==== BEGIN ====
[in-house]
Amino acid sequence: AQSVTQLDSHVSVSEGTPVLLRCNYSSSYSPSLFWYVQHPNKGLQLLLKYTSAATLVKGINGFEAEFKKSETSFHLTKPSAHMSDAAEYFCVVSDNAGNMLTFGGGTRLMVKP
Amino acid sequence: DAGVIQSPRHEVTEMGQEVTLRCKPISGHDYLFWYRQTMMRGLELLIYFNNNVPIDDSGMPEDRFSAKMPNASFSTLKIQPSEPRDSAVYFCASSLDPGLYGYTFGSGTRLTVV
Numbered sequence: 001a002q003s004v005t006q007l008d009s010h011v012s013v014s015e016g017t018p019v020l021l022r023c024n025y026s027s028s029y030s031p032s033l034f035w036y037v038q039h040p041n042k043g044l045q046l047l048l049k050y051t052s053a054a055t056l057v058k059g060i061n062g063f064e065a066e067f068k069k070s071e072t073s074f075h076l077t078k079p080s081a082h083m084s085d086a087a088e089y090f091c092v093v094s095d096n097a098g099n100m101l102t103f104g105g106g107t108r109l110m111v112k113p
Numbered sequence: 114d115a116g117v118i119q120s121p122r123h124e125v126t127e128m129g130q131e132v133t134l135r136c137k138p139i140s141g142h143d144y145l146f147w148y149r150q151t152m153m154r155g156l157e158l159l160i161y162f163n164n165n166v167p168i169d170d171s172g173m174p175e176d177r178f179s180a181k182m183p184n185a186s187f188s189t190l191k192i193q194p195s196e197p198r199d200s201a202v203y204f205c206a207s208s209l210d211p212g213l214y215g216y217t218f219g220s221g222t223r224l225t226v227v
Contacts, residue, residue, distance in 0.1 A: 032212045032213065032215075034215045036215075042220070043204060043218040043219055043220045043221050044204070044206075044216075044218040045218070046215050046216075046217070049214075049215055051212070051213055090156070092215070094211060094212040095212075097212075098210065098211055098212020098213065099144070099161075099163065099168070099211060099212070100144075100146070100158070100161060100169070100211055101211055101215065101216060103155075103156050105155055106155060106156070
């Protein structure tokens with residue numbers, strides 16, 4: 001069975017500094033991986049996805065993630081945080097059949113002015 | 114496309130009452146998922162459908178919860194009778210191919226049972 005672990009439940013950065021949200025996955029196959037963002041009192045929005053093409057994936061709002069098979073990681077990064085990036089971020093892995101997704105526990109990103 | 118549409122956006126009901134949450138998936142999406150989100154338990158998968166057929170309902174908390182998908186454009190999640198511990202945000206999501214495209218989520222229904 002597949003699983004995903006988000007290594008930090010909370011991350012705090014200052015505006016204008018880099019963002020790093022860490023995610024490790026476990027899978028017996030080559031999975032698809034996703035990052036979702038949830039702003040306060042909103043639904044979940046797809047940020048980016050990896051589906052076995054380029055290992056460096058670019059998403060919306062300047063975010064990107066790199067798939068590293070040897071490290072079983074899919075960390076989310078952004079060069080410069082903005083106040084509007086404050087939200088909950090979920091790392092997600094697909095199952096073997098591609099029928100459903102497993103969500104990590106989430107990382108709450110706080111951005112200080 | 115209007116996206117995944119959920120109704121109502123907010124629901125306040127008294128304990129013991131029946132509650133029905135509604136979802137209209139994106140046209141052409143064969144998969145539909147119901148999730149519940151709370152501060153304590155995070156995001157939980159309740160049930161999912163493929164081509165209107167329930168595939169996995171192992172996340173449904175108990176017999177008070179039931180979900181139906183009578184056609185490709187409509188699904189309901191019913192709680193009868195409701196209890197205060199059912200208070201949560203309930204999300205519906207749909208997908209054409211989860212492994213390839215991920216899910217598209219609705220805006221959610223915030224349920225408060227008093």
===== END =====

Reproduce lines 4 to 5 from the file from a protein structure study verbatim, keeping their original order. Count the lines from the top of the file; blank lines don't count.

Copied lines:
Numbered sequence: 001a002q003s004v005t006q007l008d009s010h011v012s013v014s015e016g017t018p019v020l021l022r023c024n025y026s027s028s029y030s031p032s033l034f035w036y037v038q039h040p041n042k043g044l045q046l047l048l049k050y051t052s053a054a055t056l057v058k059g060i061n062g063f064e065a066e067f068k069k070s071e072t073s074f075h076l077t078k079p080s081a082h083m084s085d086a087a088e089y090f091c092v093v094s095d096n097a098g099n100m101l102t103f104g105g106g107t108r109l110m111v112k113p
Numbered sequence: 114d115a116g117v118i119q120s121p122r123h124e125v126t127e128m129g130q131e132v133t134l135r136c137k138p139i140s141g142h143d144y145l146f147w148y149r150q151t152m153m154r155g156l157e158l159l160i161y162f163n164n165n166v167p168i169d170d171s172g173m174p175e176d177r178f179s180a181k182m183p184n185a186s187f188s189t190l191k192i193q194p195s196e197p198r199d200s201a202v203y204f205c206a207s208s209l210d211p212g213l214y215g216y217t218f219g220s221g222t223r224l225t226v227v